An old house bought by a couple in Noisy-le-Sec regains its splendor of yesteryear. The architects Belval-Parquet retain the authentic source of this former miller, revealing its finest assets by adding a contemporary touch by the color.
The house, built in 1895 by a farmer, finds its original charm thanks to the implementation of a careful renovation project.
Realized in three months, the restoration of this dwelling of 143 square meters allows him to preserve his character, manifested by woodwork and moldings of origins. With a limited budget, Belval-Parquet architects give homeowners a place to live that meets their expectations, between historic homes and contemporary homes.
The house is spread over two levels. The exterior walls of the refurbished shed - which formerly housed the laundry and storage room - are terracotta bricks. Its lintels covered with dark green enamelled plates introduce the resolutely colorful treatment of the interior of the home. On the ground floor, the checkerboard floor of the kitchen extends the living room in parquet flooring unfolding along a green courtyard. The latter is accessible via a large bay window replacing the old partitions that confined the space and bathes the interior of a pleasant natural light. The dining room and the living room are part of a single bright living room that illuminates the architectural details of the original structure. The carefully restored oak parquet and mosaic tiles accompany the rough wooden staircase and the original blue Klein ceiling moldings.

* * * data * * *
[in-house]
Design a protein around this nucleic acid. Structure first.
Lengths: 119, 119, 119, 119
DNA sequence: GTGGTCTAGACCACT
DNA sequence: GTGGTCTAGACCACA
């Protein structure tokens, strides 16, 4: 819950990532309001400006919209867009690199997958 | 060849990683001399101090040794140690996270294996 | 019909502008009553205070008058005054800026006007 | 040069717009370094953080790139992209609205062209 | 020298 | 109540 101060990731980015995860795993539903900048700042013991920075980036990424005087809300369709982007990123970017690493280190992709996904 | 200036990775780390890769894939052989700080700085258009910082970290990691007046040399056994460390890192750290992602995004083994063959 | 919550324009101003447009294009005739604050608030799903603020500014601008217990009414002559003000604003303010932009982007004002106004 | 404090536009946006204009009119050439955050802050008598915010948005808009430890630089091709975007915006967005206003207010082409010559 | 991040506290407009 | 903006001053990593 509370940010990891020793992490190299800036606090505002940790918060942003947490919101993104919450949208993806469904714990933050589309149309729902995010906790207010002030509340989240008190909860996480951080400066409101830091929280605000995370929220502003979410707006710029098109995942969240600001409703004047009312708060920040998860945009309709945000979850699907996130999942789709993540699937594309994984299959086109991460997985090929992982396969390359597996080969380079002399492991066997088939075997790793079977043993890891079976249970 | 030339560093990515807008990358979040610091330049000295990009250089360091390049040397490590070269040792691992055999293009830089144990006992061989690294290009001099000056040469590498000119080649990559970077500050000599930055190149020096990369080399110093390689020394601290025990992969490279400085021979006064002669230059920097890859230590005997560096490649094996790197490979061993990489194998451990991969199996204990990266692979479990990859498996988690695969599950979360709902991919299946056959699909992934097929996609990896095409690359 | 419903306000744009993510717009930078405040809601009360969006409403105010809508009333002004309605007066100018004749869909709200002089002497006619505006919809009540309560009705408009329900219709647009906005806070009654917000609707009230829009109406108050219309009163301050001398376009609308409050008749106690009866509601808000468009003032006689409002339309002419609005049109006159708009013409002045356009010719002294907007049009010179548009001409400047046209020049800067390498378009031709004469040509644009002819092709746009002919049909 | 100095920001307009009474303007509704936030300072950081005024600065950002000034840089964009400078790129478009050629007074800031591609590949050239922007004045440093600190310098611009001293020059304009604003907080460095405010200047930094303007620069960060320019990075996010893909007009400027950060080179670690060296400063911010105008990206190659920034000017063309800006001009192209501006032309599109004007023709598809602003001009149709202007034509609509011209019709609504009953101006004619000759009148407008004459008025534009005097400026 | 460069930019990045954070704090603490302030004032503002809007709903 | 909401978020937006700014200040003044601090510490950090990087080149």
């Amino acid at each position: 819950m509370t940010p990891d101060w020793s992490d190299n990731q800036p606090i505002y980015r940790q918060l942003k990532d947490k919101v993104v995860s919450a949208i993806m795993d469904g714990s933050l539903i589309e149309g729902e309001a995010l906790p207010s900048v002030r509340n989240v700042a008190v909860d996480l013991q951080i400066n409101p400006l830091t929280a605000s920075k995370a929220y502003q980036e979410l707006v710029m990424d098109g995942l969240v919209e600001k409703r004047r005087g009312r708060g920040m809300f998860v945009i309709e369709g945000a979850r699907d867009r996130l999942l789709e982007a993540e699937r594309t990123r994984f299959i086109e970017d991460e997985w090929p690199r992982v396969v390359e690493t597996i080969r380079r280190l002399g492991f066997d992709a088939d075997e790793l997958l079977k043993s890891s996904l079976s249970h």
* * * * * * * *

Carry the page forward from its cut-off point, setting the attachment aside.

Upstairs, the fireplace does not lose its freshness. The couple has two bedrooms, including a master suite and one with a bathroom for children. The suite features a contrasting blues shower, and the shared bathroom is tiled with terrazzo-inspired tile that softens the olive-yellow walls and wooden floors. The house offers a radical and refined visual, in harmony with the values and tastes of its inhabitants, and gives its authentic past with a modern and offbeat touch.
A place sublimated by its details, purified by its frank colors, in the image of their artist owners.
To learn more, visit the Belval-Parquet site
Photographs: Philippe Billard